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Quebec Values and Women Rights

October 22, 2009

So as I already mentioned, the local edition of the Metro newspaper has recently run a piece in which they interviewed a few public figures – a member of the national assembly for the opposition (Maka Kotto), a major media host (Marie-France Bazzo), and the Québec prime minister premier, Jean Charest (silly English Canadians and their silly distinctions…), asking them which three values they felt best described Québec.

The results have been…interesting. Not all of them, of course: Maka Kotto took the chance to score a few political points by trying to paint Social Justice (eg, social democracy) as a core value of Québec (he’s from a left-leaning party, of course), although that’s probably not altogether false; Jean Charest went with the boring but safe answer of “separation of church and state” (Zzzzzz, mr. Premier, Zzzzzz), and of course both politicians of the lot answered some variation to “The importance of the French language”. (DUH).

Actually, that right there is interesting – the importance of the French language was not an unanimous answer. What makes this even more surprising is that there was an unanimous answer from all three. If there hadn’t been any, then French not being unanimous would be…expected. But the thing is, there is one. And it’s not necessarily the most obvious answer. No separation of church and state (as I said, that was Charest’ answer). No freedom (of anything), no justice, not even solidarity or general equal rights.

It was, very specifically, gender equality.

Not a very unique answer at first glance. A lot of place have seen struggles for gender equality, of course; it’s an important value to many people, if sometimes as part of a broader “equal rights” vision of the world. But they’re not just saying it’s important: they’re saying it’s a core value of Québec. It’s the only one all three of them agree on, ahead of even French.  And not the least important of them: Bazzo and Kotto both named it first; Charest second.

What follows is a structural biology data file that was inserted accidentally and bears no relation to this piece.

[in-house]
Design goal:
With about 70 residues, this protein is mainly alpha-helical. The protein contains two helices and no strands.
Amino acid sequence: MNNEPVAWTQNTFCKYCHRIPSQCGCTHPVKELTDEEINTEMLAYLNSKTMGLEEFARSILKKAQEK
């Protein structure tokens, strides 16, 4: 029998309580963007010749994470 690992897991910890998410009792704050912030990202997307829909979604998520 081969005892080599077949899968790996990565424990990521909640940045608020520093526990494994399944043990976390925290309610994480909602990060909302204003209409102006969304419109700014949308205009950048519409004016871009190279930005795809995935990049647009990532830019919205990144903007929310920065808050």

They know what they’re talking about, I think. It’s not merely that gender equality is important; it’s that gender equality comes first, in the mind of many Quebecers, when compared to lots of other values and things of importance. Down to and including French (after a fashion).

With regard to the last, one has but to look at Wiki’s page on Quebec French. Chief difference between Quebec French and France French (and, therefore, correct French) when it comes to the formal language? Québecers have been disregarding the official rules of French on feminizing professions names, that’s what.

This, of course, might not make much sense in English, where a minister is a minister: a genderless noun. In French, though, every noun has a gender. You don’t have, strictly speaking, a gender-neutral word that mean minister: due to the way adjectives and suchlike work, it’s, effectively (traditionally, and per the official rules of French) a ministerman. A researcherman. Per the formal rules, which were used in France until sometime in the nineties, you called a woman minister “Madam Ministerman” (effectively). Québec? Been ministerwoman (researcherwoman, etc) for decades. The example of maire and mairesse is perhaps even more relevant: in Euro-French, at least until recently, the maire (“Mayorman”) is the leader of the town, and the Mairesse (“Mayorwoman”) is his wife. Québec has long since flipped off “proper french” on that score: a mairesse is a woman who’s a mayor in Québec.